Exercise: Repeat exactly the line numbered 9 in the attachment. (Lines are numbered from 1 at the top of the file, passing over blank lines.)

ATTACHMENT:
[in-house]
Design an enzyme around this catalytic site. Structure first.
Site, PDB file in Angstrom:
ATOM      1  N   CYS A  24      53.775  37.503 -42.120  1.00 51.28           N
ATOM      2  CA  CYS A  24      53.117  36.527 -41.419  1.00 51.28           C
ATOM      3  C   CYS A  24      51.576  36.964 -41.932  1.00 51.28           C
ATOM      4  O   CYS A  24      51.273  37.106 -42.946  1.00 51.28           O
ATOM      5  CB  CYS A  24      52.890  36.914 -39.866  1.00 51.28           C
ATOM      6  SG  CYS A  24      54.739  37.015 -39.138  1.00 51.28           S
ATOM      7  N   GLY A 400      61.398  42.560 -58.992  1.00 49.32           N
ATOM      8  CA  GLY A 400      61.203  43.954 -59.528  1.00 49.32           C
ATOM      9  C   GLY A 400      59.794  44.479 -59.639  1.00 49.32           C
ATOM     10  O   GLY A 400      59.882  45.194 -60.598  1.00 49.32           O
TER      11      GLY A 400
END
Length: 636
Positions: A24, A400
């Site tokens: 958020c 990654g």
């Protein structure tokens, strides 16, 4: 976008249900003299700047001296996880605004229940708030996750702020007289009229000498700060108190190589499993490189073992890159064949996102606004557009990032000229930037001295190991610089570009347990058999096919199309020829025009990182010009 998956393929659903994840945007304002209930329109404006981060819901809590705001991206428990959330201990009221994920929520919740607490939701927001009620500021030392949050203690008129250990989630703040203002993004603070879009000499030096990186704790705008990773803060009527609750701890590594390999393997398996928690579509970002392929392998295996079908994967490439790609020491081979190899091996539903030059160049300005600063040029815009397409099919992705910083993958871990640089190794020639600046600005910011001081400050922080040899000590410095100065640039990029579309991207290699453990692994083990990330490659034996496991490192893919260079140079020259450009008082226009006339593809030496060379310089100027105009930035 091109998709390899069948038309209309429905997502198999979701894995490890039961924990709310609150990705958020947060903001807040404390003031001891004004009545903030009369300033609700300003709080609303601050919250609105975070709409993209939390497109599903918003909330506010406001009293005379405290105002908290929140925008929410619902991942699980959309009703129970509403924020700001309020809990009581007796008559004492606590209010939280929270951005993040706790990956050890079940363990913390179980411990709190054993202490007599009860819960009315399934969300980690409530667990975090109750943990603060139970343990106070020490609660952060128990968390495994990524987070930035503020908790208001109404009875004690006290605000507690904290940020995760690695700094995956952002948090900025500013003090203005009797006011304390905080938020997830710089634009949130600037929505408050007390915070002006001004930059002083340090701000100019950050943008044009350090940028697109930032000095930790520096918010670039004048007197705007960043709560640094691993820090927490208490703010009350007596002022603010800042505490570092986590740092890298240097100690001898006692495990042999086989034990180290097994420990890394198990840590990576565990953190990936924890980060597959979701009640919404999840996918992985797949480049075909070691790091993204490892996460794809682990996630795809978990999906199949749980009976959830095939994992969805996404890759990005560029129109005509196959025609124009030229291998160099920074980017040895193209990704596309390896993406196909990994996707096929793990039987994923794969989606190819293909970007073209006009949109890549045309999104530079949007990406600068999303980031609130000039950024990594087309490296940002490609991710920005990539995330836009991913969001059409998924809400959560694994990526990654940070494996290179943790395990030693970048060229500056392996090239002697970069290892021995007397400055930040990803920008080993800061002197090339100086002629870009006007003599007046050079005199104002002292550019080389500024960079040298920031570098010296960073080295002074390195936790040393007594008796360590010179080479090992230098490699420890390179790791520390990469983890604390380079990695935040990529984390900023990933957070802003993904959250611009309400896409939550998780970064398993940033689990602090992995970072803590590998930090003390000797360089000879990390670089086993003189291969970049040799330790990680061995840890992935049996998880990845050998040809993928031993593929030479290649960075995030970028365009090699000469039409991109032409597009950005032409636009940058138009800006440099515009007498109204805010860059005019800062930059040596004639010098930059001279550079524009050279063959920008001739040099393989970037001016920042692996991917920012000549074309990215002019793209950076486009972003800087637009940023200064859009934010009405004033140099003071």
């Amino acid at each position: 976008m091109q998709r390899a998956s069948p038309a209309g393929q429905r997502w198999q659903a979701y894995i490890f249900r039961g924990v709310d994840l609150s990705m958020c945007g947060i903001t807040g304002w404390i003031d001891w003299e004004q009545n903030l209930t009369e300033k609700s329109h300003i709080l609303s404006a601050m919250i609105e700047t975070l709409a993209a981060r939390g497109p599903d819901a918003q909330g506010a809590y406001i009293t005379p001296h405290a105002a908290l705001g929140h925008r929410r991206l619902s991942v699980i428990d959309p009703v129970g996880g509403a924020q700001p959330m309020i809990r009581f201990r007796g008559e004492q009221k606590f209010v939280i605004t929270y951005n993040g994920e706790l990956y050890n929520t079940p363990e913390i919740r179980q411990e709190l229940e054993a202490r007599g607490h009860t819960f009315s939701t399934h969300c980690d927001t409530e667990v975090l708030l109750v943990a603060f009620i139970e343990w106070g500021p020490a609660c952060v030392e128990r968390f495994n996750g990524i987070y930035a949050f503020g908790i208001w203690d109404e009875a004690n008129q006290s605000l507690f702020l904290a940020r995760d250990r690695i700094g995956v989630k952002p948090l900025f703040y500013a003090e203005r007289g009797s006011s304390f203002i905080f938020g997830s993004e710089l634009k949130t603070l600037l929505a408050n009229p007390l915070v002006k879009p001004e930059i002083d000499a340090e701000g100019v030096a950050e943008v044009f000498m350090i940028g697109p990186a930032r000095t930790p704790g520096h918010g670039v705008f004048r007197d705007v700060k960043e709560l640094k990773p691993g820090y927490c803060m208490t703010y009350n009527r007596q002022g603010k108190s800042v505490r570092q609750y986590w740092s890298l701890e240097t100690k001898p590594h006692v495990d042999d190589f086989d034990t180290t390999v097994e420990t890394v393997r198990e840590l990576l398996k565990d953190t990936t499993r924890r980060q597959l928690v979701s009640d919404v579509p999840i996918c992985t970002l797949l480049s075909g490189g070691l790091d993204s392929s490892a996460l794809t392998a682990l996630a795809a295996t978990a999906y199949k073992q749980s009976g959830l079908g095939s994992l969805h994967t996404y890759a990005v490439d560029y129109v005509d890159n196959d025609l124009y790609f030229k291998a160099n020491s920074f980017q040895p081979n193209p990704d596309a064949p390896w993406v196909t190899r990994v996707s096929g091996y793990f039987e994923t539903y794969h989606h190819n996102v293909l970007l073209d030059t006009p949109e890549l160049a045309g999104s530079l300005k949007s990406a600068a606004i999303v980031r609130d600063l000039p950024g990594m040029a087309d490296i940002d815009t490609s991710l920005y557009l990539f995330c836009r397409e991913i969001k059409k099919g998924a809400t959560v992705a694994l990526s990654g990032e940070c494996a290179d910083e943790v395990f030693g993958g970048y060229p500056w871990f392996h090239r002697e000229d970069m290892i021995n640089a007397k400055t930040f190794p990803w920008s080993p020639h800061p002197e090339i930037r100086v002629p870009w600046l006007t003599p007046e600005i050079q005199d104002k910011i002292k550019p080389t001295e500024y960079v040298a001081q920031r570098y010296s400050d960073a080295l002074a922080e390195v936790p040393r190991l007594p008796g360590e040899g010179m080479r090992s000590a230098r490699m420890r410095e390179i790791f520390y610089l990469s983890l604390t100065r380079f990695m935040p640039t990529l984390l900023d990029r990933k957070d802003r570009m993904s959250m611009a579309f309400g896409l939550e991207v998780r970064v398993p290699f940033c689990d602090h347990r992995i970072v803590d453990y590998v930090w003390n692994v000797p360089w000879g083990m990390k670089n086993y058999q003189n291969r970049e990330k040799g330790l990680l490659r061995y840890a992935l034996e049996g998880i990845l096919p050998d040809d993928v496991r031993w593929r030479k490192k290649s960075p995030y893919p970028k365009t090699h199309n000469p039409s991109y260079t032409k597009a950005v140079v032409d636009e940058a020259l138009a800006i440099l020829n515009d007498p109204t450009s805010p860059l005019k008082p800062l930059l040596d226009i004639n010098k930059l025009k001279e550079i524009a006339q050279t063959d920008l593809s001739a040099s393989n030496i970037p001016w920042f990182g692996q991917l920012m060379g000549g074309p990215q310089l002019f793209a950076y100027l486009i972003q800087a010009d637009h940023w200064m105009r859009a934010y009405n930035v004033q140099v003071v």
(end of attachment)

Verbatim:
ATOM      6  SG  CYS A  24      54.739  37.015 -39.138  1.00 51.28           S